Shelleyrae at Book'd Out's Reviews > Chicago Squeeze

Chicago Squeeze by J.R. Chase
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's review
Nov 07, 2010

really liked it
Recommended to Shelleyrae by: J R Chase
Read on November 09, 2010 — I own a copy

If you are a fan of Robert B Parkers' Spenser, Mike Ripleys' Angel or Robert Crais' Elvis Cole then you might feel like you already know J R Chase's Jack Riley in Chicago Squeeze.
An ex-cop who has hung out his own shingle as a private investigator, Riley and his faithful hound are juggling cases involving insurance fraud, domestic discord and suspicious death. None of these investigations are as simple as they seem and Riley finds himself, and those he loves, at risk.
Chase has carefully plotted the entanglements in the story, maintaining tension and suspicion until the pieces fall into place. Chase got the pacing just right, particularly through the more active scenes and the story flowed well.
There are a few editing errors (such as 'taught' in place of 'taut') and the writing could be tighter in places, but these were only minor irritants and didn't interupt my enjoyment of the story.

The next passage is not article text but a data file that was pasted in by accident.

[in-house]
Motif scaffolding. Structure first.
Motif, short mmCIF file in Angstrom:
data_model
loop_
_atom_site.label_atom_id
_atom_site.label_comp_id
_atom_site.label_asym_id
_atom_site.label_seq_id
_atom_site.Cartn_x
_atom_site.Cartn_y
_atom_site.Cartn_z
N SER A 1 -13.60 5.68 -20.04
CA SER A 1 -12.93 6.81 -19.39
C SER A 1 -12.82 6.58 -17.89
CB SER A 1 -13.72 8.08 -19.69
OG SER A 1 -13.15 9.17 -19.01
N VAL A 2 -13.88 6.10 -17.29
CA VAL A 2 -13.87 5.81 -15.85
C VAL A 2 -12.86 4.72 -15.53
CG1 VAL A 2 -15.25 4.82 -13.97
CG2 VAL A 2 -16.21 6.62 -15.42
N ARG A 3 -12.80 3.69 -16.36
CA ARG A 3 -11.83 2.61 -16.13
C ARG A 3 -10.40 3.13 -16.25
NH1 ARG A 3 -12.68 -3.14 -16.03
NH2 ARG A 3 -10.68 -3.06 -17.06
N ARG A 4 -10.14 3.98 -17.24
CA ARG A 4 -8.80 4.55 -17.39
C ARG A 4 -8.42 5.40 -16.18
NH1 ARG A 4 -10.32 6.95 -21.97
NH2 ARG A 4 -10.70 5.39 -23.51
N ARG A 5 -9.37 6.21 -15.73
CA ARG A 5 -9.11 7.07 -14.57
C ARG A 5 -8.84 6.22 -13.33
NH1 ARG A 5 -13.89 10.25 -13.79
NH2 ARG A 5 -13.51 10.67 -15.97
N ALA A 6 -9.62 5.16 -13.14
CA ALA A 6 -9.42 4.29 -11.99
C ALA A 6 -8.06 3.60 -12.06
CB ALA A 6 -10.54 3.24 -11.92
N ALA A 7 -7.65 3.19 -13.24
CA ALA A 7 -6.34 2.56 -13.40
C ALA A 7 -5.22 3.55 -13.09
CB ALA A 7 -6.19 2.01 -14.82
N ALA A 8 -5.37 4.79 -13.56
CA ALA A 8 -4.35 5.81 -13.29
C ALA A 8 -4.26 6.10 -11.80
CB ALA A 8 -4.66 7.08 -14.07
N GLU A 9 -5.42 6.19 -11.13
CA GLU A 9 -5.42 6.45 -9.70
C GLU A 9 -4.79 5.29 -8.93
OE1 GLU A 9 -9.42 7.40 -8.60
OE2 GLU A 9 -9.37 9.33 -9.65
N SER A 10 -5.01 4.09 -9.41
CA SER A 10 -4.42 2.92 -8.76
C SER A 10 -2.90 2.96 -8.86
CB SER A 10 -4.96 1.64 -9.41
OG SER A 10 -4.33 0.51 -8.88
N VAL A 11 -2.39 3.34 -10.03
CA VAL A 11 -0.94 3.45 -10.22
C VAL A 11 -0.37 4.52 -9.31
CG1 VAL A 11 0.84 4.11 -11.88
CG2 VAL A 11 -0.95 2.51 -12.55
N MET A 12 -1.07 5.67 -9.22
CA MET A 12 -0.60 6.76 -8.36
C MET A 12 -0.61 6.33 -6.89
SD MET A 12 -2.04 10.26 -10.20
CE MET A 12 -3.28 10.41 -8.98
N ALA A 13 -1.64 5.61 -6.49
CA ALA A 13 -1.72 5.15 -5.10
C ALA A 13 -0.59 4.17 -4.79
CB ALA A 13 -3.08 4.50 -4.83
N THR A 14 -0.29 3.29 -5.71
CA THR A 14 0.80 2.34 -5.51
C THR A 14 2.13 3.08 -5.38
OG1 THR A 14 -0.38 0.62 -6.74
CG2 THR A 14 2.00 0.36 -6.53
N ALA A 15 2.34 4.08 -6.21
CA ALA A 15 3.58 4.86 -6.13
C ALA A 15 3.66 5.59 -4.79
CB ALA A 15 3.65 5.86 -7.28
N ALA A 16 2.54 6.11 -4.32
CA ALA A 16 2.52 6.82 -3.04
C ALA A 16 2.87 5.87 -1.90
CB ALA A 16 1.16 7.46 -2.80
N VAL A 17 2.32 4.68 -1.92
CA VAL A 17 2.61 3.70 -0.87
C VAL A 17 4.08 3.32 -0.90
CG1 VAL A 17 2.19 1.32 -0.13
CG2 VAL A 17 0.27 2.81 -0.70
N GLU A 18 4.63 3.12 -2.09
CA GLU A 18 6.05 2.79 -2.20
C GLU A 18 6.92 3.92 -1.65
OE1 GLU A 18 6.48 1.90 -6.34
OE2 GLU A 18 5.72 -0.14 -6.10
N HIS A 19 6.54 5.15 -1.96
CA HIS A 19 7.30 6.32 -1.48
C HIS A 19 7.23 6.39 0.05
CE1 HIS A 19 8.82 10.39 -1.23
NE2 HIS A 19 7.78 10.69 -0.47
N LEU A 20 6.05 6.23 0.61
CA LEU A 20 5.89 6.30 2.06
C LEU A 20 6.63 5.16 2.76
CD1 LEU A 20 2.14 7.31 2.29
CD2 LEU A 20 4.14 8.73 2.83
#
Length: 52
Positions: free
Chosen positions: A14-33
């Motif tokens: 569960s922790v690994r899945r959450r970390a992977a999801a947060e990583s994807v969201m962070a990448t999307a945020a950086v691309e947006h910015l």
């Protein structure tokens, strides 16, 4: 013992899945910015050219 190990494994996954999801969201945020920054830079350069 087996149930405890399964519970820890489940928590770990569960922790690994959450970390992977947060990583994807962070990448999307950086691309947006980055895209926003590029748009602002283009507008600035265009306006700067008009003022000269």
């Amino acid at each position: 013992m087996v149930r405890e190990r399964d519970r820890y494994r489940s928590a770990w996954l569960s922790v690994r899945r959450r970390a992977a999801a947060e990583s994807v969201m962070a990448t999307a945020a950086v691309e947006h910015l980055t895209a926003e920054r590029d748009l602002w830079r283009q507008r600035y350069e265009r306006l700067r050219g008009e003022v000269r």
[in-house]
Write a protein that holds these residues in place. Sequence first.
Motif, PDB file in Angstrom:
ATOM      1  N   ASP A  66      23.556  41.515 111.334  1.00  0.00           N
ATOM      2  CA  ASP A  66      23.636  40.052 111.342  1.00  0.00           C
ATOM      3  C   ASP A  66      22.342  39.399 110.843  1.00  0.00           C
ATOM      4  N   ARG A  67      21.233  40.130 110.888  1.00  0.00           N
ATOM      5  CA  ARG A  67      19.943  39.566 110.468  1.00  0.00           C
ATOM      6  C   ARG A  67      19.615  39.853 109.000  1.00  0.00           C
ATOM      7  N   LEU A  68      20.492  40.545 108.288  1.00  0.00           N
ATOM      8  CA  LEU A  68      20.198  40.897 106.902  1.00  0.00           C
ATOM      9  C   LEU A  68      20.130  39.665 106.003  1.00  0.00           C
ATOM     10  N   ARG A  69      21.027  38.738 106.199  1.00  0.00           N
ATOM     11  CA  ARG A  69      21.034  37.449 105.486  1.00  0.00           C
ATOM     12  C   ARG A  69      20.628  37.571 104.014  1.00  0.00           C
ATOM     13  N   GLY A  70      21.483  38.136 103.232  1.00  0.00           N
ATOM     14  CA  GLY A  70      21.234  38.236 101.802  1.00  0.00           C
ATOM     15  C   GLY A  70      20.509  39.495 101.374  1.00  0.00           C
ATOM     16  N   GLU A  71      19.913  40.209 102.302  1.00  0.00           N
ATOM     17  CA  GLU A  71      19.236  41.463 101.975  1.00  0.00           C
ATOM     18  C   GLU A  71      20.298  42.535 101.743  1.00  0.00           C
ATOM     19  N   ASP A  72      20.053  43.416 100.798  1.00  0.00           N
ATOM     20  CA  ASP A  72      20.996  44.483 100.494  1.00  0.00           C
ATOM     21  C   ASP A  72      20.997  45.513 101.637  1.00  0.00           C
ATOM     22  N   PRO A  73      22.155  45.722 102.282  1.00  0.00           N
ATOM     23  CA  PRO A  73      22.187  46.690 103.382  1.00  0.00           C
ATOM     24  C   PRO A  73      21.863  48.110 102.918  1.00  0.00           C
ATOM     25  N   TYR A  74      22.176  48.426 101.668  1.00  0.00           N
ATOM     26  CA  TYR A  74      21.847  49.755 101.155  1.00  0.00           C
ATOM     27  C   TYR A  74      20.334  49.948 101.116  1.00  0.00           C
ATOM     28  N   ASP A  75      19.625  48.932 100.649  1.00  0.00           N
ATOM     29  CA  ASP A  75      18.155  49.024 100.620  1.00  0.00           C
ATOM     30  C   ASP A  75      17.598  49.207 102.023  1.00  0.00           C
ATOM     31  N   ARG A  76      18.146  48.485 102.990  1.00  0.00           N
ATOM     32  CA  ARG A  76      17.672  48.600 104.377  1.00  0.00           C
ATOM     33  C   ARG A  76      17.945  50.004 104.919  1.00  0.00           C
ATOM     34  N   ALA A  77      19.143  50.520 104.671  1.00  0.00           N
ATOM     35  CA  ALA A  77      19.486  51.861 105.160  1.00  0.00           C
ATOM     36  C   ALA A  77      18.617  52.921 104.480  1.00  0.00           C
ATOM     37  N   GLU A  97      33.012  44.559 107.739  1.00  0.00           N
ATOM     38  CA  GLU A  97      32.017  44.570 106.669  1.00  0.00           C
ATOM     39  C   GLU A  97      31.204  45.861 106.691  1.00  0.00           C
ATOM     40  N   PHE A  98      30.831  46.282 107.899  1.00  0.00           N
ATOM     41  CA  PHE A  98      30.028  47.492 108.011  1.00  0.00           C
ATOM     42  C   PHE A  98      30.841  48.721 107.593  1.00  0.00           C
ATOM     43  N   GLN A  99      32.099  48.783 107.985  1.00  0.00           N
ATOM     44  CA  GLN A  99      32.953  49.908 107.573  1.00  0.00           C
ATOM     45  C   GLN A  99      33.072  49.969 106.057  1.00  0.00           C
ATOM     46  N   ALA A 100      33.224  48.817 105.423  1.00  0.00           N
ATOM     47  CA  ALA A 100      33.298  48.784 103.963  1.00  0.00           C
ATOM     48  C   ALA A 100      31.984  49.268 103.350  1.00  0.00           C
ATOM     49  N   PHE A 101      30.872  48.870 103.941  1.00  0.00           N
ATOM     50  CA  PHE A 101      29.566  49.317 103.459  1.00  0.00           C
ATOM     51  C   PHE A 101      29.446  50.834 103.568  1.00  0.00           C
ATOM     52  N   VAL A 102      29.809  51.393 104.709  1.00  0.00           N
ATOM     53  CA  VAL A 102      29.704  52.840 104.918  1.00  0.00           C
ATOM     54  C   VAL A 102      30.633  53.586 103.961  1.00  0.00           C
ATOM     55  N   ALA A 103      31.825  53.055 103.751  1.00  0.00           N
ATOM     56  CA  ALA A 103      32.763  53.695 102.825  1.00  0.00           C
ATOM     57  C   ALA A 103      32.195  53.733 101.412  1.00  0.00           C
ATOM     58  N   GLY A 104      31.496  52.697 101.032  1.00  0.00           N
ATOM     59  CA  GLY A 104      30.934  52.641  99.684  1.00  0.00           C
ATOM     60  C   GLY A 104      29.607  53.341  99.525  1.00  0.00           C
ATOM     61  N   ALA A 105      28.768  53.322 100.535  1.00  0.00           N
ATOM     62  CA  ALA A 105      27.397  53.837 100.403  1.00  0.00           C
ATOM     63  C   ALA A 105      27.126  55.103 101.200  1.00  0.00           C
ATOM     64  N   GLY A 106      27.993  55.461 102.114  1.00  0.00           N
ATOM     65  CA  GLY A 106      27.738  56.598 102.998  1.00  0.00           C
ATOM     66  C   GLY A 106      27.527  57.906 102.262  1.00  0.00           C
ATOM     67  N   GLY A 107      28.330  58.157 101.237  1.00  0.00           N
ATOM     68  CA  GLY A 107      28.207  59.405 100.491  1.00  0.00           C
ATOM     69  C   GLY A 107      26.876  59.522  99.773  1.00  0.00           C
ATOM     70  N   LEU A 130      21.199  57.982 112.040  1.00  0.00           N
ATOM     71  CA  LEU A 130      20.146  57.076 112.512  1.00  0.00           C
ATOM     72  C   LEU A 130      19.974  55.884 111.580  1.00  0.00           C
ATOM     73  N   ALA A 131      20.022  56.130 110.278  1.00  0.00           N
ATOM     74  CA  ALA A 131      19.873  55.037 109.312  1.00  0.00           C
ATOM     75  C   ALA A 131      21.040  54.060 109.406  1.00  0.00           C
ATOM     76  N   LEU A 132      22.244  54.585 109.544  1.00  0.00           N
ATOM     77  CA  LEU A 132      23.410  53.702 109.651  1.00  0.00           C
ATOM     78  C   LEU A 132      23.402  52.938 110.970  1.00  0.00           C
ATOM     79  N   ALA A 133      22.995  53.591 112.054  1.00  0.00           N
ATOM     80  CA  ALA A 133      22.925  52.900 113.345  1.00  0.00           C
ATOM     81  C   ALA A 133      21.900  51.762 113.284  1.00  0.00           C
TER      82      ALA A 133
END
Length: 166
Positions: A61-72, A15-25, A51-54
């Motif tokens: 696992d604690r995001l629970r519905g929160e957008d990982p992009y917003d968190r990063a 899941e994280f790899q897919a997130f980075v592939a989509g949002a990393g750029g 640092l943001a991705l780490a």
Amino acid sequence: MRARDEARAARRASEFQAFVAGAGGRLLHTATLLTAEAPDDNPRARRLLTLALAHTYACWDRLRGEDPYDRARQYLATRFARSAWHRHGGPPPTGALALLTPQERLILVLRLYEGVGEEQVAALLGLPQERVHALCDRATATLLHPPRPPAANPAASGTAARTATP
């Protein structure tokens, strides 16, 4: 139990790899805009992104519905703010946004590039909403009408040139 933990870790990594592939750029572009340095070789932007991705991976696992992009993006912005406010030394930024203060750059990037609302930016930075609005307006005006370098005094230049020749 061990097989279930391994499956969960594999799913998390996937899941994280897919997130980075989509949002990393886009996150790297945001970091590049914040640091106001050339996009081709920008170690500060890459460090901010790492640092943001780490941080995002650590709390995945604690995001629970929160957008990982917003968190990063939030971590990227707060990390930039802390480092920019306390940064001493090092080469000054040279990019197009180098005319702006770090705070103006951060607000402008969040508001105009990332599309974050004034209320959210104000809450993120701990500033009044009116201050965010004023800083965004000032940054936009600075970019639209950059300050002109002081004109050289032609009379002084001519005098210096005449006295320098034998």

As the book is written in the first person perspective, it is vital that Riley is engaging and I think Chase has been successful in creating a likeable lead. Jack Riley has an edge of barely controlled violence and straight forward demeanour typical of the detective fiction genre, yet Riley's casual wit and emotional vulnerability ensures he doesn't descend into sterotypical cliche.
Riley's secretary, Ginny and Clem the basset hound are the main supporting characters and while each play an important role in showing who Jack is, they are also well intergrated into the plot. I thought Debbie was probably the most interesting with a complex background, and a distinctive attitude. I hope she has a larger role in future installments.
There are plenty of suspects in the story and I felt that Chase handled them well, with believable motivations and actions.
Chase handled the threads of the story and the connections between the characters well without giving everything away, but still providing enough subtle clues to ensure a satisfactory conclusion.
This debut is sure to be enjoyed by mystery and detective fiction fans. Chicago Squeeze is a great read with plenty of action, a touch of violence and humor and appealing characters. I'm looking forward to reading the sequel when it's available.


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